It’s been 20 years since a team of fist-pumping, flag-waving Americans saved the world from alien invasion in “Independence Day.” In that time, the sequel’s star Liam Hemsworth has gone from boy to man and Jeff Goldblum has become a dad. In the movie, the world has changed, too. Although planet Earth is now at peace, we must keep a watchful eye out for aliens, so we have built a defensive fort on the moon. Just like in the first film, it’s a bunch of patriotic Americans —the bad boy hero played by Hemsworth and Goldblum’s scientist with all the answers — who save the planet.
Liam, your character, Jake Morrison, has a rebellious streak. Is this something that you can relate to?
Hemsworth: I try to live with no regrets; I try to learn form my mistakes. I think my rebellious side has fizzled away over the years. When I was growing up, most kids felt the need to rebel. But I had great parents who gave me a lot of responsibility and let me make my own choices and mistakes — unlike a lot of my friends at that time who were told, “You’ve got to do this and be at home at this time.” That allowed me to make the right choice because I wasn’t told do to a certain thing and didn’t feel the need to rebel. I’ve never been terribly rebellious.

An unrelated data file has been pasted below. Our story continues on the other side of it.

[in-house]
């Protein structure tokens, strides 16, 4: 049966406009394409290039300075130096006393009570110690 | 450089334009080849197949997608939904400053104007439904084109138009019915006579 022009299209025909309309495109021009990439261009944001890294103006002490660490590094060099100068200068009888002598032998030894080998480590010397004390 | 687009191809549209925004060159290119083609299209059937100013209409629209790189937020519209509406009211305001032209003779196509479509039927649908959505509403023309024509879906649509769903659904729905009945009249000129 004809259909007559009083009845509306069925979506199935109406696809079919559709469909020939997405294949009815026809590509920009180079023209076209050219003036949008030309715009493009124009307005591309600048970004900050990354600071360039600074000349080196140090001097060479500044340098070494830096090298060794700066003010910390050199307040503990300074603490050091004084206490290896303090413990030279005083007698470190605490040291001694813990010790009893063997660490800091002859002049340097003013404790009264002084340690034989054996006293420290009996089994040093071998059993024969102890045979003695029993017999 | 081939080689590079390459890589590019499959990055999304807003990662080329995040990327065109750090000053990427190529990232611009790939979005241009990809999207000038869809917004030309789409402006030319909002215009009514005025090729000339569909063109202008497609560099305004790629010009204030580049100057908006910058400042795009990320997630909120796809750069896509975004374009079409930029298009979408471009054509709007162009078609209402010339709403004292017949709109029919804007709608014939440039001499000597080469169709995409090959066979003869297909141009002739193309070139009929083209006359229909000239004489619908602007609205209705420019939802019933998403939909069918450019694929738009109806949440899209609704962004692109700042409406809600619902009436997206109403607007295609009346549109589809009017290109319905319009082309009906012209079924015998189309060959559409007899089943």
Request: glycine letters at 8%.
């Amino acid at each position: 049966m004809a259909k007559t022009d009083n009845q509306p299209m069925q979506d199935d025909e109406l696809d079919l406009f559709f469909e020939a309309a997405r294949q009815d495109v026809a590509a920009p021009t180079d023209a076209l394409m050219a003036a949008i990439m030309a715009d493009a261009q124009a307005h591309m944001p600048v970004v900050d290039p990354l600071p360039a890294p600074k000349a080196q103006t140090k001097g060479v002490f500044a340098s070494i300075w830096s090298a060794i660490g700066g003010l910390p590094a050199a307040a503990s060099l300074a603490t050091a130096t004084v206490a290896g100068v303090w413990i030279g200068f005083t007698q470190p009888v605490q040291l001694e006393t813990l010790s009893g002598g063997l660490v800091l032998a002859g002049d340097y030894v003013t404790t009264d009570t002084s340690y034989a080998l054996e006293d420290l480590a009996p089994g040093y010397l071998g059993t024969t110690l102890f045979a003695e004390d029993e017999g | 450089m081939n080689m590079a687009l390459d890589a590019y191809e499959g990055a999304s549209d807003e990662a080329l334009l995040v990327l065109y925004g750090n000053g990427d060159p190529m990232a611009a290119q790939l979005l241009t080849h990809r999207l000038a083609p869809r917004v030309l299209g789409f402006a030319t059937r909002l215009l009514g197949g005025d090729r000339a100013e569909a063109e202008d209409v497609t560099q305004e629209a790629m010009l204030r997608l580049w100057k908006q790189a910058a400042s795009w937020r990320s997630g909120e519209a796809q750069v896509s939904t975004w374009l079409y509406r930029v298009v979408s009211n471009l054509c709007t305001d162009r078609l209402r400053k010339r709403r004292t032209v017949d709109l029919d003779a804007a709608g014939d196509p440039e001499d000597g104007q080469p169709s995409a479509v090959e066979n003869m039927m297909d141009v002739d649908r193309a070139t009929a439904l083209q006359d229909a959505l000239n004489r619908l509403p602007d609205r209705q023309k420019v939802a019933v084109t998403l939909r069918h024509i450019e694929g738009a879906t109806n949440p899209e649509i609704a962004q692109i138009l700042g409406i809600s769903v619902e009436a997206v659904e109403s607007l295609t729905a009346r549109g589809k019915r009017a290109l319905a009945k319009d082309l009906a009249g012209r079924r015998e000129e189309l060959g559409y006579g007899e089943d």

Jeff, you’ve been in a number of big movies of late. Do you feel that your career is drifting that way?
Jeff Goldblum: I kind of don’t identify myself as traveling in a careerist arc. I’m interested in my creative path. I studied with a very good teacher called Sandy Meisner who said, “It takes 20 years of continual work before you can even call yourself an actor.” If you approach it the right way, the set or the stage is a classroom where you can keep on advancing. I feel like I’m on the brink of doing my best stuff.